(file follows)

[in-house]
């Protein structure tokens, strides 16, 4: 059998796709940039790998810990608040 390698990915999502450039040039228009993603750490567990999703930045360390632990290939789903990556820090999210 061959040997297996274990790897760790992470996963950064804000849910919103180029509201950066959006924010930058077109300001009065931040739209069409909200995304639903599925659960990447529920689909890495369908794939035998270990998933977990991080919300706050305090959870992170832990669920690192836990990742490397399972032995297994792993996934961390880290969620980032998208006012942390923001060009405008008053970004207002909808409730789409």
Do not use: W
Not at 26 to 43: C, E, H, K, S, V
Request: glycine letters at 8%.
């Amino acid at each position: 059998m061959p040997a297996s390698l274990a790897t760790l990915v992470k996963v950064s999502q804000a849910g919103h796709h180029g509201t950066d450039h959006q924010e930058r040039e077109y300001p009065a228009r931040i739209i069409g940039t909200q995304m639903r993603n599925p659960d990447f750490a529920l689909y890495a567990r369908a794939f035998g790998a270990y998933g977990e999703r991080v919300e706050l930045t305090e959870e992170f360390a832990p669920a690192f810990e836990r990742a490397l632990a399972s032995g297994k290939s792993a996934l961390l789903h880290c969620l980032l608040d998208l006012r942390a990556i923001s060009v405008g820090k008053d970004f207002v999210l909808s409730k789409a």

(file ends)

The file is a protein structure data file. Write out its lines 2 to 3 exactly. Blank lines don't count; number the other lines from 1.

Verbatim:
């Protein structure tokens, strides 16, 4: 059998796709940039790998810990608040 390698990915999502450039040039228009993603750490567990999703930045360390632990290939789903990556820090999210 061959040997297996274990790897760790992470996963950064804000849910919103180029509201950066959006924010930058077109300001009065931040739209069409909200995304639903599925659960990447529920689909890495369908794939035998270990998933977990991080919300706050305090959870992170832990669920690192836990990742490397399972032995297994792993996934961390880290969620980032998208006012942390923001060009405008008053970004207002909808409730789409």
Do not use: W